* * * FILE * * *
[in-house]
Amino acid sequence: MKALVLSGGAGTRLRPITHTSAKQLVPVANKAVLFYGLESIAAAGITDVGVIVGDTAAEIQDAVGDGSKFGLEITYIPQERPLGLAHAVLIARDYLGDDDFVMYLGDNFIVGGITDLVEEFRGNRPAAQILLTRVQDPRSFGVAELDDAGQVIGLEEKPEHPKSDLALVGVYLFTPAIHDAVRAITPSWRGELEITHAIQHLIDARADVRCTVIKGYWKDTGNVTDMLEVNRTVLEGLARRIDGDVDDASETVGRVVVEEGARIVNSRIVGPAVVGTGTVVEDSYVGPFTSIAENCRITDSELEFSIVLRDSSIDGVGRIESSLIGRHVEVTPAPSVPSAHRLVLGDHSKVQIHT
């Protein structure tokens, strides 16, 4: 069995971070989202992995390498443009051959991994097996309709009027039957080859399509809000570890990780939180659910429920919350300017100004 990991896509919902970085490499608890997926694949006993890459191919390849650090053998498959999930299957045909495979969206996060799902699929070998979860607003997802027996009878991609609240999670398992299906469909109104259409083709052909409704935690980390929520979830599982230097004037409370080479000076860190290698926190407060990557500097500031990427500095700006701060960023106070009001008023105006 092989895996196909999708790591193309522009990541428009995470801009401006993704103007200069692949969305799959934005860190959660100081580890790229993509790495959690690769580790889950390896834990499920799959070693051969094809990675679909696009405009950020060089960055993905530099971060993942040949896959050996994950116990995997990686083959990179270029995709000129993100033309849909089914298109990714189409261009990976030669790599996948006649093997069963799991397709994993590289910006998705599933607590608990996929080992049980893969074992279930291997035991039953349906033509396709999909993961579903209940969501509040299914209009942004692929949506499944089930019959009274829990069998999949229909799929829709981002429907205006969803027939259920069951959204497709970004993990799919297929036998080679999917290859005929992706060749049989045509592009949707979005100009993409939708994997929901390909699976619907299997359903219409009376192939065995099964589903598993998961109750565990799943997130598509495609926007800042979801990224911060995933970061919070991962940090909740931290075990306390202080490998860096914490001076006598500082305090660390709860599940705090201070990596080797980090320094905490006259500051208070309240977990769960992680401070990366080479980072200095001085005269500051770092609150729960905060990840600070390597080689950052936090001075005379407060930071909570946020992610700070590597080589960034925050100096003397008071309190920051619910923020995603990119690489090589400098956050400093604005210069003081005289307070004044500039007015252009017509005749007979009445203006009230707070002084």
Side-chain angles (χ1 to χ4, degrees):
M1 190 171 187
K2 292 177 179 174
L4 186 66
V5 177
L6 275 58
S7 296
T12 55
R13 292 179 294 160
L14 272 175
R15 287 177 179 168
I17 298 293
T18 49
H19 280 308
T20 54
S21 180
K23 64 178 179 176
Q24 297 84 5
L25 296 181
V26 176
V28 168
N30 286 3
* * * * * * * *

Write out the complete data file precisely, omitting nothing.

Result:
[in-house]
Amino acid sequence: MKALVLSGGAGTRLRPITHTSAKQLVPVANKAVLFYGLESIAAAGITDVGVIVGDTAAEIQDAVGDGSKFGLEITYIPQERPLGLAHAVLIARDYLGDDDFVMYLGDNFIVGGITDLVEEFRGNRPAAQILLTRVQDPRSFGVAELDDAGQVIGLEEKPEHPKSDLALVGVYLFTPAIHDAVRAITPSWRGELEITHAIQHLIDARADVRCTVIKGYWKDTGNVTDMLEVNRTVLEGLARRIDGDVDDASETVGRVVVEEGARIVNSRIVGPAVVGTGTVVEDSYVGPFTSIAENCRITDSELEFSIVLRDSSIDGVGRIESSLIGRHVEVTPAPSVPSAHRLVLGDHSKVQIHT
């Protein structure tokens, strides 16, 4: 069995971070989202992995390498443009051959991994097996309709009027039957080859399509809000570890990780939180659910429920919350300017100004 990991896509919902970085490499608890997926694949006993890459191919390849650090053998498959999930299957045909495979969206996060799902699929070998979860607003997802027996009878991609609240999670398992299906469909109104259409083709052909409704935690980390929520979830599982230097004037409370080479000076860190290698926190407060990557500097500031990427500095700006701060960023106070009001008023105006 092989895996196909999708790591193309522009990541428009995470801009401006993704103007200069692949969305799959934005860190959660100081580890790229993509790495959690690769580790889950390896834990499920799959070693051969094809990675679909696009405009950020060089960055993905530099971060993942040949896959050996994950116990995997990686083959990179270029995709000129993100033309849909089914298109990714189409261009990976030669790599996948006649093997069963799991397709994993590289910006998705599933607590608990996929080992049980893969074992279930291997035991039953349906033509396709999909993961579903209940969501509040299914209009942004692929949506499944089930019959009274829990069998999949229909799929829709981002429907205006969803027939259920069951959204497709970004993990799919297929036998080679999917290859005929992706060749049989045509592009949707979005100009993409939708994997929901390909699976619907299997359903219409009376192939065995099964589903598993998961109750565990799943997130598509495609926007800042979801990224911060995933970061919070991962940090909740931290075990306390202080490998860096914490001076006598500082305090660390709860599940705090201070990596080797980090320094905490006259500051208070309240977990769960992680401070990366080479980072200095001085005269500051770092609150729960905060990840600070390597080689950052936090001075005379407060930071909570946020992610700070590597080589960034925050100096003397008071309190920051619910923020995603990119690489090589400098956050400093604005210069003081005289307070004044500039007015252009017509005749007979009445203006009230707070002084």
Side-chain angles (χ1 to χ4, degrees):
M1 190 171 187
K2 292 177 179 174
L4 186 66
V5 177
L6 275 58
S7 296
T12 55
R13 292 179 294 160
L14 272 175
R15 287 177 179 168
I17 298 293
T18 49
H19 280 308
T20 54
S21 180
K23 64 178 179 176
Q24 297 84 5
L25 296 181
V26 176
V28 168
N30 286 3